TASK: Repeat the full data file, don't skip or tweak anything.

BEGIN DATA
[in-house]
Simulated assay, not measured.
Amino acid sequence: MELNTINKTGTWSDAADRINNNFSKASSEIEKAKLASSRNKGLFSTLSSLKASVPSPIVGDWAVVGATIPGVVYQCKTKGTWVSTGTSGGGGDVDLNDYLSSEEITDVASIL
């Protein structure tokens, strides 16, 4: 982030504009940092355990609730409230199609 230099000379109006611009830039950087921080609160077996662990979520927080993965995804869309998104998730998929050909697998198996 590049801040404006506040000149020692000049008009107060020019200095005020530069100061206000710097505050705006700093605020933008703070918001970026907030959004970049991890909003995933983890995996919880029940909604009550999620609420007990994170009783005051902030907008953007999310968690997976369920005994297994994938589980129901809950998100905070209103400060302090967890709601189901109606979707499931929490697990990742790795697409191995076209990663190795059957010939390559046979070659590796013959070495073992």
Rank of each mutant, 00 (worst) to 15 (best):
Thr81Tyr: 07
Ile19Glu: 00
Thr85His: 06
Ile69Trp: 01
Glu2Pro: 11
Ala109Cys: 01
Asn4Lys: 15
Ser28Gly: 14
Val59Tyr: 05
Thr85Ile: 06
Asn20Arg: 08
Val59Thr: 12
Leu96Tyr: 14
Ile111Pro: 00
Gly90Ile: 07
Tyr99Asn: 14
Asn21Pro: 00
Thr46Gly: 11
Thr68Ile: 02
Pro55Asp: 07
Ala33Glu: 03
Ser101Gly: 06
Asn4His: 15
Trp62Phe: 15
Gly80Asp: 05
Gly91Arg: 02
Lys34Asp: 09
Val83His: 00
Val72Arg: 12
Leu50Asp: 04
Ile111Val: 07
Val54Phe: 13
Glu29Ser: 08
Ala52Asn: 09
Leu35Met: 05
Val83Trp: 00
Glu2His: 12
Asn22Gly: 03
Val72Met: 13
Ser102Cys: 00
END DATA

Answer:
[in-house]
Simulated assay, not measured.
Amino acid sequence: MELNTINKTGTWSDAADRINNNFSKASSEIEKAKLASSRNKGLFSTLSSLKASVPSPIVGDWAVVGATIPGVVYQCKTKGTWVSTGTSGGGGDVDLNDYLSSEEITDVASIL
């Protein structure tokens, strides 16, 4: 982030504009940092355990609730409230199609 230099000379109006611009830039950087921080609160077996662990979520927080993965995804869309998104998730998929050909697998198996 590049801040404006506040000149020692000049008009107060020019200095005020530069100061206000710097505050705006700093605020933008703070918001970026907030959004970049991890909003995933983890995996919880029940909604009550999620609420007990994170009783005051902030907008953007999310968690997976369920005994297994994938589980129901809950998100905070209103400060302090967890709601189901109606979707499931929490697990990742790795697409191995076209990663190795059957010939390559046979070659590796013959070495073992």
Rank of each mutant, 00 (worst) to 15 (best):
Thr81Tyr: 07
Ile19Glu: 00
Thr85His: 06
Ile69Trp: 01
Glu2Pro: 11
Ala109Cys: 01
Asn4Lys: 15
Ser28Gly: 14
Val59Tyr: 05
Thr85Ile: 06
Asn20Arg: 08
Val59Thr: 12
Leu96Tyr: 14
Ile111Pro: 00
Gly90Ile: 07
Tyr99Asn: 14
Asn21Pro: 00
Thr46Gly: 11
Thr68Ile: 02
Pro55Asp: 07
Ala33Glu: 03
Ser101Gly: 06
Asn4His: 15
Trp62Phe: 15
Gly80Asp: 05
Gly91Arg: 02
Lys34Asp: 09
Val83His: 00
Val72Arg: 12
Leu50Asp: 04
Ile111Val: 07
Val54Phe: 13
Glu29Ser: 08
Ala52Asn: 09
Leu35Met: 05
Val83Trp: 00
Glu2His: 12
Asn22Gly: 03
Val72Met: 13
Ser102Cys: 00